The free market has spoken.
Earlier this month, the National Post quietly deleted its “Invisible Hand Society” non-fungible token (NFT) auction and erased most traces of it from the internet after selling just one NFT for US$22.
The webpage that appealed to would-be investors to bid for the NP’s limited-edition NFTs and that explained their rationale for the project now leads to a 404 error message.
Downstream references to the webpage and links to it on internet archives have also been deleted.
The auction and webpage were up for nine days and sold just one of the six “Invisible Hand Society” NFTs, which consisted of cartoons featuring prominent “free-market” ideologues like former British prime minister Margaret Thatcher and economist Milton Friedman.
NFTs are digital objects, often images, that can be traded online, typically using cryptocurrency. NFT schemes have been described by one critic as "emblematic of capitalism’s growing retreat from productive activity."
The auction was part of the NP’s “Capitalist Manifesto” series, which aims to mark the thirtieth anniversary of the collapse of the Soviet Union by celebrating capitalism through a series of opinion articles and columns.
Other figures honoured by the NFTs included economist Friedrich Hayek, philosopher Adam Smith, novelist Ayn Rand, and “Captain Industry,” an imaginary superhero who was supposed to embody “the business leaders who amassed great personal wealth to the everlasting benefit of their nation.”
Attempts by The Maple to contact Postmedia employees who were involved in the project were unsuccessful. Postmedia is the parent company of the NP and many other major daily newspapers in cities across Canada.
Despite its celebration of free-market economics, Postmedia received approximately $35 million in government bailouts and subsidies in 2021, with CEO Andrew MacLeod telling shareholders that “government support” was now a “key pillar” of the company’s business strategy.
Cryptocurrency analyst and journalist David Gerard speculates that it likely cost Postmedia more to make the NFTs and run the auction than the NFTs were actually worth. CBC data journalist Robson Fletcher recently suggested on Twitter that the short-lived auction cost Postmedia a net loss of US$163.
Gerard wasn’t particularly surprised that Postmedia pulled the auction, stating that the public response on social media was quite poor. “The public really hates this stuff,” Gerard told The Maple.
“The people promoting cryptocurrencies and NFTs claim this stuff is useful, but it’s really investment at the gambling level,” he continued. “They’re basically saying ‘you’re going to get rich for free,’ which for most people is unlikely to occur.”
Gerard likened NFTs to “magic beans.”
“Right now the only people who are really into buying NFTs are other cryptocurrency and NFT promoters,” he explained. “In this respect, it functions just like a Ponzi scheme in that early investors make their money off of later investors.”
An individual with the social media pseudonym “dannycase.eth” acquired the Friedman NFT, the only one that sold before the auction was cancelled.
The buyer told The Maple they stumbled across the NP’s NFT sale on Facebook, and immediately bought the Friedman token. They didn’t read the NP article explaining the “Invisible Hand Society.”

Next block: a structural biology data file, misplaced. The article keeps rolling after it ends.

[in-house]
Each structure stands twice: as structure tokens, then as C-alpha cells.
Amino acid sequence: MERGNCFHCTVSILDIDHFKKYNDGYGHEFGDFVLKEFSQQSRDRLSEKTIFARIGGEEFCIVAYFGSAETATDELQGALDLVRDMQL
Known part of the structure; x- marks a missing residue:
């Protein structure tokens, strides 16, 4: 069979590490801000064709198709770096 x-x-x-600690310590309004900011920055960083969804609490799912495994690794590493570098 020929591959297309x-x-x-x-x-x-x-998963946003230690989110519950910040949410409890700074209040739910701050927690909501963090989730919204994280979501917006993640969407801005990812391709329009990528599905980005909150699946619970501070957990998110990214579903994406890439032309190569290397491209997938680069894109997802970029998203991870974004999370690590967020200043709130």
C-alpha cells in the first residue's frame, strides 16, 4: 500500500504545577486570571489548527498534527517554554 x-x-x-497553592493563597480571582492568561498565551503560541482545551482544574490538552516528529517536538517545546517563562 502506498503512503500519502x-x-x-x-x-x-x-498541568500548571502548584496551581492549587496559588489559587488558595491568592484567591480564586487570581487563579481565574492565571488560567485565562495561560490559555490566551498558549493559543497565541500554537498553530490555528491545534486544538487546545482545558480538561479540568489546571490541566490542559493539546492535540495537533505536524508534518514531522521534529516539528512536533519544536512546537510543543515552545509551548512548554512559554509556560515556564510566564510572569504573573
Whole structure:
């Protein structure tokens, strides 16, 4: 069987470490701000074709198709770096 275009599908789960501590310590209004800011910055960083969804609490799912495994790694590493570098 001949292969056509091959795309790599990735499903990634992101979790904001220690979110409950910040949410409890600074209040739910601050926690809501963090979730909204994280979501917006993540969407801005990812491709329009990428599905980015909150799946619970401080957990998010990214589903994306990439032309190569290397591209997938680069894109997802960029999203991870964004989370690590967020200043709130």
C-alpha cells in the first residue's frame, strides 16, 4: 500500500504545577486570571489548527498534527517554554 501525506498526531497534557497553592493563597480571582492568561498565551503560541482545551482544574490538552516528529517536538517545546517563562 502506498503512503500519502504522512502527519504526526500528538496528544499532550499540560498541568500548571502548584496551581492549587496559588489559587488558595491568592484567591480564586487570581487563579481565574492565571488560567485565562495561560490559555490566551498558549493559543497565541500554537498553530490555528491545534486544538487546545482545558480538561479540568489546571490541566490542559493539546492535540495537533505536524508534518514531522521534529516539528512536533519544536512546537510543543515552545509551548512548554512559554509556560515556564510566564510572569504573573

“[I] saw that the NFTs were mostly all auctions, but one — Milton Friedman — was listed as ‘buy now,’” the buyer explained. “I figured some were for auction and maybe a few would be ‘buy now.’ There were also duplicate pieces at one point, so I wasn’t sure what the deal was with the collection.”
dannycase.eth ended up buying the Friedman token for 0.0068 Ethereum, a form of cryptocurrency, or around US$22 at the time of the sale. The cartoon hand is currently valued at 420.69 Ethereum, equivalent to approximately US$1.3 million, according to NFT marketplace OpenSea.
Asked what the allure of the Friedman token was, the buyer explained the cost was relatively inexpensive and that it was part of the first NFT collection offered by a Canadian newspaper or media organization.
“My interest solely came from the novelty of this collector's item, not from any sort of political alignment,” dannycase.eth explained.
Gerard remains unconvinced of the Friedman NFT’s value: “NFT is so stupid it’s actually hard to explain,” he said. “It is like you purchased a receipt. You have purchased a token that points to a picture.”
Though Gerard and dannycase.eth might disagree on the value of NFTs, the latter agrees with Gerard’s assessment of what likely led the NP to cancel the auction.
“They were getting destroyed on social media over it,” said dannycase.eth. “I was hoping they’d persevere through the backlash, so I am disappointed that they deleted all the articles and the website about it.”
Gerard is critical of the NP for getting involved in NFTs in the first place. He argues that there are very real financial consequences for those on the losing end of the bets.
“Values can fluctuate by as much as 10 percent in a day, and the exchanges are completely unregulated,” he explained.
Gerard pointed to the collapse of Canadian cryptocurrency exchange Quadriga as a prime example of what could go wrong in the world of NFT speculation.
Quadriga was determined to be a Ponzi scheme by the Ontario Securities Commission, who said the company's deceased founder, Gerald Cotten, had committed fraud.
Of the approximately $215 million that Quadriga owed to 76,000 clients, only $46 million was recovered.
Taylor C. Noakes is an independent journalist and public historian from Montreal.